SUMMARY OF THE INVENTION

[0008] The present invention is directed to a system for levitating and propelling a vehicle along a stationary guideway. In functional overview, the system is designed for energy efficiency over a predetermined vehicle speed range. In one embodiment, the system is designed for maximum power and efficiency during vehicle acceleration from zero speed. In another embodiment of the present invention, the system is designed for maximum efficiency at operational speeds. In addition to efficiency considerations, the system is designed to be inherently stable (unlike an EMS system or LSM system acting alone) in spite of increases in LSM armature winding current or external forces acting on the vehicle. This inherent stability of the system also allows the system to be used to provide lateral stability to the vehicle.

[0009] In accordance with the present invention, the levitation and propulsion system includes a linear synchronous motor (LSM) having two LSM components. One LSM component is mounted on the vehicle and the other LSM component is mounted on the guideway. When the vehicle is positioned on the guideway, the LSM components of the linear synchronous motor are juxtaposed and define an LSM gap between the LSM components.

[0010] For the present invention, one of the LSM components includes either a switched direct-current winding or a poly-phase winding on an iron core, and the other LSM component includes a plurality of magnetic poles mounted on a rail. Functionally, the linear synchronous motor is provided to produce a first electromagnetic force between the LSM components that acts to levitate the vehicle and a second electromagnetic force between the LSM components that acts to propel the vehicle along the guideway. Importantly, the magnitudes of these electromagnetic forces are dependent on the width of the LSM gap, the LSM armature winding current, the size of the iron core and the total vehicle load. As indicated above, a linear synchronous motor, by itself, is unstable and this instability closes the LSM gap prohibiting movement of the vehicle.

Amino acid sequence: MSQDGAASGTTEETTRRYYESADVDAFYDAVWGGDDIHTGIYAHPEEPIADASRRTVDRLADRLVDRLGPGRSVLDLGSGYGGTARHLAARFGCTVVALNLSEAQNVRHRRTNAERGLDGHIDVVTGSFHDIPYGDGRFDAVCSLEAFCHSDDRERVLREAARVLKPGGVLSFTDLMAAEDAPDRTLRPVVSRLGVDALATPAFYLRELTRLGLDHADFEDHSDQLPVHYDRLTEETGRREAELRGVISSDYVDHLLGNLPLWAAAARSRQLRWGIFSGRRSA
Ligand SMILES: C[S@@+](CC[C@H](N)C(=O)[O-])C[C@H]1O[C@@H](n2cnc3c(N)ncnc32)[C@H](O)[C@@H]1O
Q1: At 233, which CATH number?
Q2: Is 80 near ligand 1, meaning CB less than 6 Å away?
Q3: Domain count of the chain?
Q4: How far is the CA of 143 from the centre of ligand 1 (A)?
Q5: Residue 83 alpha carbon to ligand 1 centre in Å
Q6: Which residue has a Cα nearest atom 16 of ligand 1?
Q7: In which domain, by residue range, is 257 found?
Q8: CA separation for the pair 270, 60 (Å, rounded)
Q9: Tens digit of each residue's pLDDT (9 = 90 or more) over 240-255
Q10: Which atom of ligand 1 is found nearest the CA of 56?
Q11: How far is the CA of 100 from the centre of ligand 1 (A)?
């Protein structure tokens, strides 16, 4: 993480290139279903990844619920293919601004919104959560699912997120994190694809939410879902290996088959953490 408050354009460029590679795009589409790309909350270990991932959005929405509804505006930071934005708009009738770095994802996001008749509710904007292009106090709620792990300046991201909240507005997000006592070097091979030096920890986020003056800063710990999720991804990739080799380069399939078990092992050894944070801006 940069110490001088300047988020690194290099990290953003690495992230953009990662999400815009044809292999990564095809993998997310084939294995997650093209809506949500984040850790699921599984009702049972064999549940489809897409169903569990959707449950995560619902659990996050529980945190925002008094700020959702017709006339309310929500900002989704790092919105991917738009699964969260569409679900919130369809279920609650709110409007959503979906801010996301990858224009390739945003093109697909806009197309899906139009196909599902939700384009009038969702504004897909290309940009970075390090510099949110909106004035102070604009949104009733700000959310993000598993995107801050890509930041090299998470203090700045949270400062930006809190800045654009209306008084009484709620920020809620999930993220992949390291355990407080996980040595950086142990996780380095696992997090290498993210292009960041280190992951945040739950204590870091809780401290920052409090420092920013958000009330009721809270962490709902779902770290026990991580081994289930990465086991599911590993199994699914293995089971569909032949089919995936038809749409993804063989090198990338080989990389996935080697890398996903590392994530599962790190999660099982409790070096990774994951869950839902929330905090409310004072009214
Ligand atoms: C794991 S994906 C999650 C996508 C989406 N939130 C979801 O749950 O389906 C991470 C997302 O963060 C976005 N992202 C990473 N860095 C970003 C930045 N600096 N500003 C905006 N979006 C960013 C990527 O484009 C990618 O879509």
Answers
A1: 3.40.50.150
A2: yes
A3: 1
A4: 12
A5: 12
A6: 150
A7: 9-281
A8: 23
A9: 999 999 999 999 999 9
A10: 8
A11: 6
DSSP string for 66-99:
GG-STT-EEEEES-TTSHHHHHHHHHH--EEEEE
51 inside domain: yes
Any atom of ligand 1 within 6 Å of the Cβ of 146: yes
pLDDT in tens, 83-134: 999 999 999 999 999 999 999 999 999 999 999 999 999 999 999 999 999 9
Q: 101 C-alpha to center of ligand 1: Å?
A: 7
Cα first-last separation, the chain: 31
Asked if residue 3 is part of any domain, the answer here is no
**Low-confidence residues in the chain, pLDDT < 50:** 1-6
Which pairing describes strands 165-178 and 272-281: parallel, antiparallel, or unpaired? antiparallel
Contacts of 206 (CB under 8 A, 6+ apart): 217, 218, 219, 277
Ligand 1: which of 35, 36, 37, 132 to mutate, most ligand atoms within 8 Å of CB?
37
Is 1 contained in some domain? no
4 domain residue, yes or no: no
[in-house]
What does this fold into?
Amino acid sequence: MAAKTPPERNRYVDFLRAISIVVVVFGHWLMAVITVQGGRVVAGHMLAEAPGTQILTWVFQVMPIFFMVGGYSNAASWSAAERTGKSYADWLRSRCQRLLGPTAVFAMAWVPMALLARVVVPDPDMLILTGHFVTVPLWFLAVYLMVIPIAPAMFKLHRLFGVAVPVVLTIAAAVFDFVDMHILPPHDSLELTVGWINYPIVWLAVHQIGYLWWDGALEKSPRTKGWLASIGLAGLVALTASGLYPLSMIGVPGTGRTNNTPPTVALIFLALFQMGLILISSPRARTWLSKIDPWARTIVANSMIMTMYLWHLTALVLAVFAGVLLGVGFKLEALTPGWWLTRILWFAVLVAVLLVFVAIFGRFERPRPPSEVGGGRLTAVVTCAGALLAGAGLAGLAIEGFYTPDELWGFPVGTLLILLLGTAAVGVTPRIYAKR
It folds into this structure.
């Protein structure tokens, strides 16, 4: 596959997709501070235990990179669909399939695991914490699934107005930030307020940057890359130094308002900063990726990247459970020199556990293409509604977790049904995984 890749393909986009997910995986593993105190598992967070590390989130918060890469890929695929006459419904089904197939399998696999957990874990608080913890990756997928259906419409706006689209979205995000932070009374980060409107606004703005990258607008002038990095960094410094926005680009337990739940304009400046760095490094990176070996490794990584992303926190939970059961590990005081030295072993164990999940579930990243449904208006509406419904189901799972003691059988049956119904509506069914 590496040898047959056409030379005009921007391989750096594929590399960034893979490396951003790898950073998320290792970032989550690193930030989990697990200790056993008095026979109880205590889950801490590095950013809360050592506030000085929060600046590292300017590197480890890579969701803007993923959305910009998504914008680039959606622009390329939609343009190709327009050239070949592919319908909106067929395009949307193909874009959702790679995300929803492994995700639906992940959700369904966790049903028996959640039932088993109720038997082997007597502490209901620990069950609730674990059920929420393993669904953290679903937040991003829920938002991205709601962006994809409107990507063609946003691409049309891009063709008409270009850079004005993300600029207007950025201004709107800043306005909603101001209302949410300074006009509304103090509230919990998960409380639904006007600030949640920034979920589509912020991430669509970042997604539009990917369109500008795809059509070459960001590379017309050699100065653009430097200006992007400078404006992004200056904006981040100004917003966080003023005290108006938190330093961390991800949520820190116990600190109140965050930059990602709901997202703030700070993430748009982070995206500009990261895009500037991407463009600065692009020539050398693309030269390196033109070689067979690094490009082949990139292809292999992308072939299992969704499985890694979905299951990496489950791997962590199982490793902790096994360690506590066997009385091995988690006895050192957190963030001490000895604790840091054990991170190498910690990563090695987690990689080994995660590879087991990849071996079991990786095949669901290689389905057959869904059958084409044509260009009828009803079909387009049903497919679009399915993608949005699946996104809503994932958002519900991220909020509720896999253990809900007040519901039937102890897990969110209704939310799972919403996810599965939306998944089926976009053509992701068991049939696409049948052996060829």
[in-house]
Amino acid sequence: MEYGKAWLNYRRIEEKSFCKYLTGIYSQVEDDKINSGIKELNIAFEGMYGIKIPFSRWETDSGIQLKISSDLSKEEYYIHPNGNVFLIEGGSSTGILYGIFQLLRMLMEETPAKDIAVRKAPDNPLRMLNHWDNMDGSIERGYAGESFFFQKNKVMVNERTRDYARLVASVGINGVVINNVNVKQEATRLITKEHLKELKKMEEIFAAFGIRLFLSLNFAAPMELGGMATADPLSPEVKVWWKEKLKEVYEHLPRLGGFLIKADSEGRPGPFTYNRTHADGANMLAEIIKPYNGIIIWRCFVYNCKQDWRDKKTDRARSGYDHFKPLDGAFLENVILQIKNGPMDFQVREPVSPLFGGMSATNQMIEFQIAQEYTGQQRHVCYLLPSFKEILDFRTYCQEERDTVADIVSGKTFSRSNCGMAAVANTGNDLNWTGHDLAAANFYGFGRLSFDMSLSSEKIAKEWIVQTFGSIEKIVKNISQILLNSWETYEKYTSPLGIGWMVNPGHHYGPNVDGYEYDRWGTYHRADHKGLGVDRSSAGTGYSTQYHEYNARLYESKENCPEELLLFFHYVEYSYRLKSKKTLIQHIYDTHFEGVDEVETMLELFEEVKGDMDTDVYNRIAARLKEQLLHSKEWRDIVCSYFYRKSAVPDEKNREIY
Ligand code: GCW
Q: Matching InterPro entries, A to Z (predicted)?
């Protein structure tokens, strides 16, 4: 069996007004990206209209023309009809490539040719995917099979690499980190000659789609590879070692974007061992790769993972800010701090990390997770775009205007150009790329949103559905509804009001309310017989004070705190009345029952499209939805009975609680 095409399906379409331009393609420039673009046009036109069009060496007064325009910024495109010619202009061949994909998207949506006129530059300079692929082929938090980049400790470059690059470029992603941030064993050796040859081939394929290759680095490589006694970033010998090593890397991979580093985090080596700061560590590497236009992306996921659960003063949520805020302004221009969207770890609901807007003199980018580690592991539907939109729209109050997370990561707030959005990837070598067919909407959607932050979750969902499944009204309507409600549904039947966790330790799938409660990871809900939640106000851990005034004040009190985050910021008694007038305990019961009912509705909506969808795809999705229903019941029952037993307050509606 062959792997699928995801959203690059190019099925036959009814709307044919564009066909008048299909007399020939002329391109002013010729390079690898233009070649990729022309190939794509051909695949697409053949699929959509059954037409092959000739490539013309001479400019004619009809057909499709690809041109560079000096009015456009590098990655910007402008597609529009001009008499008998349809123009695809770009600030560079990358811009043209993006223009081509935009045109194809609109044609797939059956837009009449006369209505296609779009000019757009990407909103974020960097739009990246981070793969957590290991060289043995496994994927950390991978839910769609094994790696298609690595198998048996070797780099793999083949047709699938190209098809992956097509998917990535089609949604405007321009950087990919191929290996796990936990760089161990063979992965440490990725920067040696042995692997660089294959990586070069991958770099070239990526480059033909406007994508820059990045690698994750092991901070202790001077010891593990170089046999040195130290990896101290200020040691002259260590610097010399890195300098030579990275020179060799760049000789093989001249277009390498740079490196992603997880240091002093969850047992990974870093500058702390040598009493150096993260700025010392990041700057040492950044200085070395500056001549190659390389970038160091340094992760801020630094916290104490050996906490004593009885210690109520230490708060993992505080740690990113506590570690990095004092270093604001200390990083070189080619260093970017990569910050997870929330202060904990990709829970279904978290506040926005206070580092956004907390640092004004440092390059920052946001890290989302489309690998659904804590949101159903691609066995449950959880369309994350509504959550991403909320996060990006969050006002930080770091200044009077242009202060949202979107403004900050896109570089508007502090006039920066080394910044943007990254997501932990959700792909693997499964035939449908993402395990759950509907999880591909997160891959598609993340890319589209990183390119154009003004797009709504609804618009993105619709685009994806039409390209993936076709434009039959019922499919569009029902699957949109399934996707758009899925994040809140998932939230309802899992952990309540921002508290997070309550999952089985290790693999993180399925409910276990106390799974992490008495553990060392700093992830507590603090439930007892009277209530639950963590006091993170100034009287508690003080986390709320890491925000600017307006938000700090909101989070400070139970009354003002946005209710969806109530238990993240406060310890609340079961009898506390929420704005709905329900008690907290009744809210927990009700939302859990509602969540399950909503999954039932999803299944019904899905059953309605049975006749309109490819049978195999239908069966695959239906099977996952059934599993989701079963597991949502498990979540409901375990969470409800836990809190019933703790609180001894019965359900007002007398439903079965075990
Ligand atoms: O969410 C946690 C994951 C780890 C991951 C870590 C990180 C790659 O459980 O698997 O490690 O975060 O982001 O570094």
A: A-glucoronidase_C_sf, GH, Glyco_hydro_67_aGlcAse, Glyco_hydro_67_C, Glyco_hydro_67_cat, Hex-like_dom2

[0011] For the present invention, the levitation and propulsion system includes an electrodynamic system (EDS) to maintain the LSM gap within a desired width range. More specifically, a small LSM gap is maintained by the EDS over a predetermined range of vehicle speeds because the linear synchronous motor is most efficient when the LSM gap is small. Also, by maintaining the LSM gap within a desired width range, the LSM instabilities described above are eliminated.

[0012] Structurally, the electrodynamic system has an EDS component mounted on the vehicle and another EDS component mounted on the stationary guideway. During vehicle movement along the guideway, the EDS components cooperate to create an electromagnetic force that reacts with the levitation forces created by the LSM. Like the LSM, when the vehicle is positioned on the guideway, the EDS components are juxtaposed and define an EDS gap between the EDS components. In the preferred embodiment of the present invention, one of the EDS components is a magnet array and the other EDS component is a plurality of conductive cables, with each cable extending in a direction orthogonal to the direction of vehicle travel and short-circuited at both ends. Importantly, the magnitude of the electromagnetic force generated by the EDS is dependent on the width of the EDS gap and the speed of the vehicle relative to the stationary guideway.